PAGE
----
It was Orleton who spoke, the slug, but King Edward averted his head and gestured with his hand. ‘I will not hear
, vile deceiver! It was you who preached sedition against me – I have heard. You do not rate amongst this gathering.’

‘My lord,’ Orleton said with that oleaginous manner Edward recalled so well. He had inveigled his way into the Queen’s affections, but that did not make him any more appealing to Edward.

‘I fear you
hear me, sire,’ Orleton said, ‘and you must listen to these honourable men, and the whole community of your realm. There has been a parliament in Westminster, and there were conclusions formed during it.’

‘I will not hear you.’

‘Sire, you have ruled poorly. You have been commanded by vile traitors and wicked advisers. You elevated some, but destroyed many of the peers of your realm. Your decisions have caused bloodshed on a scale not seen for many years, and you have broken up your father’s lands in order to give them to your friends. You have shamed your inheritance, this proud land, and the people you swore to protect!’

‘You dare accuse me?’ the King had roared, and half-rose from his seat. To hear this litany of accusations – as though he was a common serf! There was no need for him to respond. He was the
! ‘God
placed me upon this throne, and I’ll be damned if some upstart felon like Mortimer will evict me, with or without your help, my lord Bishop!’

‘You think it is only me, sire?’ Orleton sneered. ‘The whole community of the realm accuses you. Whence the prelates, the peers and the knighthood all wish you to resign and to pass the kingdom to your son, for him to reign in your stead.’

Edward stared at the bishop with a curious feeling of dislocation, as though none of this affected him personally. This was not truly happening. It did not matter what others thought:
he was King.
It was not a mantle a man donned and doffed, it was his heart, his blood. His

He made a gesture of dismissal. ‘My son cannot reign.
rule here.’

‘Sire, Parliament has unanimously declared itself for your son.’

‘Ludicrous! I do not agree. What of the boy – does he dare to shame me himself?’

There was a swimming in his head; his mind was befogged. Oh, if only Hugh were here, darling Hugh, to lighten his mood, to take away some of the sting of this appalling litany of complaints! If only . . .

‘Your son refuses to accept the conclusion of the Parliament unless you agree. If you will pass on the Crown to your son, my lord, he will take it. But if you do not agree . . .’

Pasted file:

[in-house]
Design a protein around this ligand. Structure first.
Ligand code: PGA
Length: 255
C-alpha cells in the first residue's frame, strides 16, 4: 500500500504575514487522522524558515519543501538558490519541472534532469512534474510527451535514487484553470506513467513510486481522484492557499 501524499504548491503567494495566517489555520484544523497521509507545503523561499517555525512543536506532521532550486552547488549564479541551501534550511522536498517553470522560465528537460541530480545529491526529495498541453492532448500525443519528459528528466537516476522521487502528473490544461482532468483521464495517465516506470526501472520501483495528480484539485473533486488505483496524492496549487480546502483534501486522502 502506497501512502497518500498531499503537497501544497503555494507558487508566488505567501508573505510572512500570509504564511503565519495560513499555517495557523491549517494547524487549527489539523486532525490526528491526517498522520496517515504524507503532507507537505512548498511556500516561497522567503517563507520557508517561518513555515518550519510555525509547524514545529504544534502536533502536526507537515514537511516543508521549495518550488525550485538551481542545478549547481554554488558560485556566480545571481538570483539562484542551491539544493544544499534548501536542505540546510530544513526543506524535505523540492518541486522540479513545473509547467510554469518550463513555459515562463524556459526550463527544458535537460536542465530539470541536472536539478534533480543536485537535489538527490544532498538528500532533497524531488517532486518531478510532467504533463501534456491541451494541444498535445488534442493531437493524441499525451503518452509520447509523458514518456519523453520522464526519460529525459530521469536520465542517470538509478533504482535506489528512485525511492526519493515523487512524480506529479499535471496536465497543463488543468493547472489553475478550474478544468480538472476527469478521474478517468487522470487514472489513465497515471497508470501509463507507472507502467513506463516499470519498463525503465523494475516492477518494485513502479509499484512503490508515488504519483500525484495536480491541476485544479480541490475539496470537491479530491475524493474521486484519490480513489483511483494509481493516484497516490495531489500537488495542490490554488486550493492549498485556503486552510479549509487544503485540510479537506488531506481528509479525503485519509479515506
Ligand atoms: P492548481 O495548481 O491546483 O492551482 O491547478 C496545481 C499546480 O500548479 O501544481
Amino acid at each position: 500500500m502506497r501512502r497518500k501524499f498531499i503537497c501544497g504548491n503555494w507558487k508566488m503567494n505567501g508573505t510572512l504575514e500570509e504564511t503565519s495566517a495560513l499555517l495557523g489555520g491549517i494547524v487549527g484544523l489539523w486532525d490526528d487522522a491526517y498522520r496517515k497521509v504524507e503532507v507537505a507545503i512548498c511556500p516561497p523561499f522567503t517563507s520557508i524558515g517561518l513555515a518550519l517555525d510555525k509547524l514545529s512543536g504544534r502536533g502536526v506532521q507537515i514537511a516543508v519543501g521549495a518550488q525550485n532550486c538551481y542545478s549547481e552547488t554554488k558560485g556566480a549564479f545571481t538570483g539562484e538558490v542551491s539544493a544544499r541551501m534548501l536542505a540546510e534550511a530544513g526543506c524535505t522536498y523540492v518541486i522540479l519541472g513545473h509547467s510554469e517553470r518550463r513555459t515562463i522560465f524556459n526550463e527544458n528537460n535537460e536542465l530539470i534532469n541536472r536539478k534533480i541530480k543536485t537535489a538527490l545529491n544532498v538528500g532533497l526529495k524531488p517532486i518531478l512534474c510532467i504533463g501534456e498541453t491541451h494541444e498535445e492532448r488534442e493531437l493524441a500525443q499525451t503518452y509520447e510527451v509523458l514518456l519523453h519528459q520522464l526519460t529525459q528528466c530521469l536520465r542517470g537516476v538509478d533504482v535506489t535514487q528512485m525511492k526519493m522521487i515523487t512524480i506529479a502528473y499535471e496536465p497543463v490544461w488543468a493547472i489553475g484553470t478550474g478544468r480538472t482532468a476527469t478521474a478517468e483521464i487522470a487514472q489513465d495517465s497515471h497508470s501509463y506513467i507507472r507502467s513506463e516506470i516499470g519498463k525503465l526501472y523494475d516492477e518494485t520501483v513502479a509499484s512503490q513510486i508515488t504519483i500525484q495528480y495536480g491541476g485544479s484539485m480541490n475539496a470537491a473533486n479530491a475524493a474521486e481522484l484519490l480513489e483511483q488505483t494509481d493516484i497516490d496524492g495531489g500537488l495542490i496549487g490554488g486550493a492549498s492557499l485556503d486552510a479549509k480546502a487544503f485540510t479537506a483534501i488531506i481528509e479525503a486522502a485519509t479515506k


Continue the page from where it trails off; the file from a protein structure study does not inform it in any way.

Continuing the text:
‘I remain King. I

‘In name only. The realm will find a new leader.’

‘You threaten me?’ King Edward spat. ‘You think to suggest you can remove me and install some puppet in my place?’

‘Not I, my lord. Parliament,’ Bishop Orleton said.

King Edward was stilled. The swirling sensation returned with renewed force, and it was only by a supreme effort of will that he managed to keep himself upright in the chair.

At first he dared not trust his voice because his speech must reflect the turmoil of emotions that crowded his heart. This was indeed a threat, without even a silken glove in which to conceal it. Parliament was a distraction: someone was influencing it behind the scenes. Only two men wielded enough power to control it: Earl Lancaster or Sir Roger Mortimer. They could protect Edward, or his son, or could see both father and son destroyed. Of the two, Edward knew who had dared already to remove his King: Sir Roger Mortimer. He would scarcely balk at doing the same to Edward’s son.

‘You . . .’ He had to swallow and take a firm grip on himself. ‘You threaten my son’s safety if I refuse to acquiesce?’

‘I threaten nothing, my lord. I merely warn you of the consequences. You must abdicate.’

Edward could remember that day so well – how his mind had cleared and he was able to think objectively about his boy, Edward, Duke of Aquitaine.

He owed his son little. Although he had sworn not to, the Duke became betrothed without the King’s permission. While in France with his mother, he had refused to return home when King Edward wrote and ordered him to do so, claiming he could not leave while his mother remained. Perhaps he told the truth: maybe in France the Duke had already been under Mortimer’s control. The traitor was there: all knew he had cuckolded King Edward in France.

When he was free he would have Mortimer tortured. He would have the churl put to the
peine forte et dure
to plead his guilt, and then see him executed in the same manner in which the bastard had tortured poor Hugh to death.
Damn Mortimer to hell for eternity!

Yes, he owed the Duke little. Adam, his illegitimate son, would never have dreamed of such disloyalty. He, God bless him, was too kind, too gentle and grateful for anything his father offered.